Preheat the oven to 400 degrees Fahrenheit. To assemble the empanadas place a spoonful of the filling on one half of the empanada disc. Fold the empanada discs in half and seal the edges, You can twist and fold the edges with your fingers. Like this...

Or you can use an empanada fork, what R used to call his "empanada generator." It's actually called an empanada fork. Lightly brush the top of the empanadas with the beaten egg. This gives them a nice golden glow when they bake. 

Bake for 20 to 25 minutes - till nicely browned and firm to the touch. Let cool for a few minutes before serving. But serve hot. Enjoy!


Popular posts from this blog

Jamaican Stew Peas #EattheWorld

  Here we are at November #EattheWorld event. What a year this has been! This challenge has been one that gave us some excuse for virtual travel as we've been sheltered-in-place with the coronavirus epidemic for most of 2020. So, we've been able to read about different parts of the world and create a dinner, or at least a dish, with that cuisine. This Eat the World project is spearheaded by Evelyne of  CulturEatz . Read more about  her challenge . This month, Evelyne had us heading to somewhere tropical: Jamaica. I have actually been to Jamaica, but it was almost thirty years ago...and it was just a jumping off point for the rest of our Caribbean exploration. I don't remember eating anything at all! Pandemonium Noshery: Pumpkin Rice   Culinary Adventures with Camilla: Jamaican Stew Peas  Amy’s Cooking Adventures: Jamaican Chicken & Pumpkin Soup   Palatable Pastime: Jamaican Jerk Chicken Burger   Sneha’s Recipe: Jamaican Saucy Jerk Chicken Wings With Homemade Jerk Seas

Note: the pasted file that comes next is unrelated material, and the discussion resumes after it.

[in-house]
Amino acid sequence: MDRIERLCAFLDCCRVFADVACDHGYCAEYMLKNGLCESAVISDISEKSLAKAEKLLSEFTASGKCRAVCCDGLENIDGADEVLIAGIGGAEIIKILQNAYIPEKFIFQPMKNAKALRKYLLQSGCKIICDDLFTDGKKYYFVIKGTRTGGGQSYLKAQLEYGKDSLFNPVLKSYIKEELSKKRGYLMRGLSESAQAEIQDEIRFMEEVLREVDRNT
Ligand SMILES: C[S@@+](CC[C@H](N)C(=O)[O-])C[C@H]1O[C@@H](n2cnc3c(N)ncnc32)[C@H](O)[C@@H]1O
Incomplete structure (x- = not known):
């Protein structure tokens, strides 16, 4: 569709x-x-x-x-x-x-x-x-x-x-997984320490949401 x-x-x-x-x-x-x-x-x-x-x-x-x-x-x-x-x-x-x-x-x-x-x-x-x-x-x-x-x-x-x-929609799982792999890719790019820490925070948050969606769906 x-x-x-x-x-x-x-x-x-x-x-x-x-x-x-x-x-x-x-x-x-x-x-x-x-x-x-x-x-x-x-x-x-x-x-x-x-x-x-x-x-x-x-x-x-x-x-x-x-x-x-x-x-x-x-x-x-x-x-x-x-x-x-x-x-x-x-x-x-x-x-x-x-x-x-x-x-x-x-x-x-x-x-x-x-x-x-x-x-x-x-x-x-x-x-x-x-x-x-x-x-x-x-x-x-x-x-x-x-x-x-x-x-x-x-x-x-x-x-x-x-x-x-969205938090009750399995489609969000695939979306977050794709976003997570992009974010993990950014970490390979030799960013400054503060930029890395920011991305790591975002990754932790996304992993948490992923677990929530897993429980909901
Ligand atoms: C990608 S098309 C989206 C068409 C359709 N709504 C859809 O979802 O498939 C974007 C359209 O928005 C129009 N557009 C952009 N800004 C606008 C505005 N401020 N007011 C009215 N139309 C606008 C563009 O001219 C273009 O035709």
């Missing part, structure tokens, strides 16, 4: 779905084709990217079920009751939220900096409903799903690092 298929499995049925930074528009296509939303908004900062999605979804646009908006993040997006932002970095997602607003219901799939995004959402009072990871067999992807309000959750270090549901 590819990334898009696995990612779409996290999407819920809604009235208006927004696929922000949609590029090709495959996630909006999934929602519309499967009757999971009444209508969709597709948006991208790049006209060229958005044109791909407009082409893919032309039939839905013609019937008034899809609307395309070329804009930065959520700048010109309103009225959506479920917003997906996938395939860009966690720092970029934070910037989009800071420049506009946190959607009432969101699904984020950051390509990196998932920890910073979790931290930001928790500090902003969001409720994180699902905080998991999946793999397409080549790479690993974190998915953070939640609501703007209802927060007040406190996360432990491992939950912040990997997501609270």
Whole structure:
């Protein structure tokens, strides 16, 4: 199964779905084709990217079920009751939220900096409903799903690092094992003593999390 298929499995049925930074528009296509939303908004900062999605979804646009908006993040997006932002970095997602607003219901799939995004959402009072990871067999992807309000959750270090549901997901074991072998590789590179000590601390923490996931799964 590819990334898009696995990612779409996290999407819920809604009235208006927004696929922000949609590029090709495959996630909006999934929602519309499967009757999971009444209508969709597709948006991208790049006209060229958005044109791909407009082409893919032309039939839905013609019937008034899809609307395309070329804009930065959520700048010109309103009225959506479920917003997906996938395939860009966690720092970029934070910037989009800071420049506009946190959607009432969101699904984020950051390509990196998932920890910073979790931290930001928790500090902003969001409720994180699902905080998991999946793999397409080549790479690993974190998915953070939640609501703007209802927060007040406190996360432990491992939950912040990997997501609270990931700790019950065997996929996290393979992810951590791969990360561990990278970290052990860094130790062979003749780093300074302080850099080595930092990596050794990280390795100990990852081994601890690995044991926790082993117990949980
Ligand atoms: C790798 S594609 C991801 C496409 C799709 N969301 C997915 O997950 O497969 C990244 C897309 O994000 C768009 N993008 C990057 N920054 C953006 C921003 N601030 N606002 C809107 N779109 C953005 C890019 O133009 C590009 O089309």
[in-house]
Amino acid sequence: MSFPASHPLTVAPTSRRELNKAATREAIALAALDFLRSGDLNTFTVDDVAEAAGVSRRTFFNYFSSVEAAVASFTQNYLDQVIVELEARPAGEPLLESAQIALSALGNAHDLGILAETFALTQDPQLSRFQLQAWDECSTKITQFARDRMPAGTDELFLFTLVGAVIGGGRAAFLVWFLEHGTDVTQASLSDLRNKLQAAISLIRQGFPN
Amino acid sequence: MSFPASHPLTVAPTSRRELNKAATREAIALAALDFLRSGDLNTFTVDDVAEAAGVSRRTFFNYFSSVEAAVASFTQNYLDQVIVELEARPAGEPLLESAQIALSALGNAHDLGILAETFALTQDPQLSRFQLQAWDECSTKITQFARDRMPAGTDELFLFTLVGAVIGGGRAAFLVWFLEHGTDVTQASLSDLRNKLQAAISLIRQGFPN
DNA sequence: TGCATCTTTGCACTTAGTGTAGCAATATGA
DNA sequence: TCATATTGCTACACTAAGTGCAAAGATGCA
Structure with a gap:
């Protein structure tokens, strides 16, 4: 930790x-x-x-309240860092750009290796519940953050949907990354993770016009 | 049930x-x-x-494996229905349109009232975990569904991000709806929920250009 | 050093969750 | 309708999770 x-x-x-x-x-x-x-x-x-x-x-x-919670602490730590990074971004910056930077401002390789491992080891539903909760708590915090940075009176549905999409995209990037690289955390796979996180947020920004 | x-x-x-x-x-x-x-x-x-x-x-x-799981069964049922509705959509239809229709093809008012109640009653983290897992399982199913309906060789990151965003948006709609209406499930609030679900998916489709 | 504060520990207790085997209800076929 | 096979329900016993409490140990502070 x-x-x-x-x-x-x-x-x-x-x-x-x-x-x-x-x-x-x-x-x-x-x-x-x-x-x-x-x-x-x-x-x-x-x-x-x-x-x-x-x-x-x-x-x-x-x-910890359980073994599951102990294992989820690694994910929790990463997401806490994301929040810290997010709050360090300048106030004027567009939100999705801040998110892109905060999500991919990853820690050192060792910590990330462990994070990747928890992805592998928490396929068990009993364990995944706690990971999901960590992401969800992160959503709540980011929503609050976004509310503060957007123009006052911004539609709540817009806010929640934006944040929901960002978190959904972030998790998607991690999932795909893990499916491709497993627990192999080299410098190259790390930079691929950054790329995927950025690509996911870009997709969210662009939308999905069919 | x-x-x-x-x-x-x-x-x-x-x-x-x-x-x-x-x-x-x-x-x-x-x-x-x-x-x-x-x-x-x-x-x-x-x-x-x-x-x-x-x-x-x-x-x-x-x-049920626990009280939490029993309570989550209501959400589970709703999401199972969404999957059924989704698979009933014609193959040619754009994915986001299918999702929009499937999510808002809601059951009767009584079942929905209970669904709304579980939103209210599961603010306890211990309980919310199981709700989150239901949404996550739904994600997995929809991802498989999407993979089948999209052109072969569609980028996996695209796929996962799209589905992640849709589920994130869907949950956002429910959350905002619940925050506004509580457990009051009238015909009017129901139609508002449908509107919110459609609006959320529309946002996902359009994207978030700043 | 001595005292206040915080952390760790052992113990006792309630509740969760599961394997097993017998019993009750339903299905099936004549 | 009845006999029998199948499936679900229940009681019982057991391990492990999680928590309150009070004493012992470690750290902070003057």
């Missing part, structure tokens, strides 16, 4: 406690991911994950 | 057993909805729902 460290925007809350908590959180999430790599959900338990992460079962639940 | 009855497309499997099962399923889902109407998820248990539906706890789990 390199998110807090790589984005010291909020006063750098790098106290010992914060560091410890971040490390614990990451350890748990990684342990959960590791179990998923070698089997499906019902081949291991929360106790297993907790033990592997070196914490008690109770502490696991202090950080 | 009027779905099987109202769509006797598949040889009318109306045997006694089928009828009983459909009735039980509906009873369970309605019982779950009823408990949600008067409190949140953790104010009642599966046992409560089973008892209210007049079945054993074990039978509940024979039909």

Quick Pickled Red Onions and Radishes

If you've been reading my blog for even a short amount of time, you probably know how much I love to pickle things. I was just telling a friend you can pickle - with vinegar - or you can ferment - with salt - for similar delicious effect. The latter has digestive benefits and I love to do that, but when I need that pop of sour flavor quickly, I whip up quick pickles that are ready in as little as a day or two. I've Pickled Blueberries , Pickled Asparagus , Pickled Cranberries , Pickled Pumpkin , and even Pickled Chard Stems ! This I did last night for an upcoming recipe challenge that requires I include radishes. Ummmm...of course I'm pickling them! Ingredients  makes 1 quart jar radishes, trimmed and sliced organic red onions, peeled and thinly sliced (I used a mandolin slicer) 3/4 C vinegar (I used white distilled vinegar) 3/4 C water 3 T organic granulated sugar 1 T salt (I used some grey sea salt) 6 to 8 grinds of black pepper Proce

#comfortfood: Jamie Oliver's Ossobuco with Bean Ragout

As one of Jamie Oliver's Food Revolution Day Ambassadors ( I'm the Monterey #FRD2014 rep! ) I will be sent a copy of his latest cookbook - to cook from and write about. I can't wait. I do have to laugh though, because its title is  Comfort Food . And, according to a good friend:  I only make uncomfortable food . Oh, well. I can learn! To celebrate launch day - today - I'm sharing one of the recipes. Here's Jamie Oliver's Ossobuco alla Milanese recipe from his new cookbook, Comfort Food. And here's my adaptation. I typically don't eat veal, so I went to our local butcher for some lamb shanks sliced into an osso buco-style cut; but they had just sold their last shanks. Darn. But then I noticed the "never to roam" on the veal package and decided to go for it. I added in shelling beans to make a ragout and served it over wild rice instead of risotto. Also, I used lots of different herbs in my gremolata instead of just pa